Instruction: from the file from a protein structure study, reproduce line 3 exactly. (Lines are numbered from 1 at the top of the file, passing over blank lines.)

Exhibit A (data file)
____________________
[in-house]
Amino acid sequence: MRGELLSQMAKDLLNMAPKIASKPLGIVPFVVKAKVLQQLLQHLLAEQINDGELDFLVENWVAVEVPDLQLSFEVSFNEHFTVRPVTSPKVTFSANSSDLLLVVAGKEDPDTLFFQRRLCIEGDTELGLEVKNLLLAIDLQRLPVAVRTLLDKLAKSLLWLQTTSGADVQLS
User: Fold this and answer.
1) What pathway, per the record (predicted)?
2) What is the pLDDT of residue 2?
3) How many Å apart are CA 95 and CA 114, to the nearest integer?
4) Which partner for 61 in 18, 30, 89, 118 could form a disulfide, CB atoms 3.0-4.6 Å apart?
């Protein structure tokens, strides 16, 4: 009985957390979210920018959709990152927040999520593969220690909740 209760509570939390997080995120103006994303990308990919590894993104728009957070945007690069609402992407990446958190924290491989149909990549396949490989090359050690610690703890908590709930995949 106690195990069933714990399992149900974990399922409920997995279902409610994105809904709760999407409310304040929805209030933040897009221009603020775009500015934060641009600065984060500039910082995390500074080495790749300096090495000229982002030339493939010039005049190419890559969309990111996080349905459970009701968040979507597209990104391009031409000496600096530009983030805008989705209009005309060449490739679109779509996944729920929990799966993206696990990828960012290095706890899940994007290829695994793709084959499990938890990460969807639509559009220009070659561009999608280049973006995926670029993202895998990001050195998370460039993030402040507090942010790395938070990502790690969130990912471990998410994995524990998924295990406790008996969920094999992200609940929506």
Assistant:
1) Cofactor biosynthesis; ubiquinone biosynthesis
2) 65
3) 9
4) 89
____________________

User: Fold this and answer.